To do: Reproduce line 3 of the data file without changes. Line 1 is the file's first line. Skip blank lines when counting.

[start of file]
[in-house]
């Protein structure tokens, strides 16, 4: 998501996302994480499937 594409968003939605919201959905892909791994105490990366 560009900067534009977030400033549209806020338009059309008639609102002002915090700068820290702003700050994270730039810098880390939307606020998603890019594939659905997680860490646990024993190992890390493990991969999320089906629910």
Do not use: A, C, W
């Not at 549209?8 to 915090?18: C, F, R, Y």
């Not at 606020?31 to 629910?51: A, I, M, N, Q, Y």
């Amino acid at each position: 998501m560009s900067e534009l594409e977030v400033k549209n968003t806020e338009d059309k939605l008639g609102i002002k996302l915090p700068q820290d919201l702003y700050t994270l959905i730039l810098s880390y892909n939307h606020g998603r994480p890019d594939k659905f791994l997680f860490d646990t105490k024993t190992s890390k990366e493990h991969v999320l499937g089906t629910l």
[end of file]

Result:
Do not use: A, C, W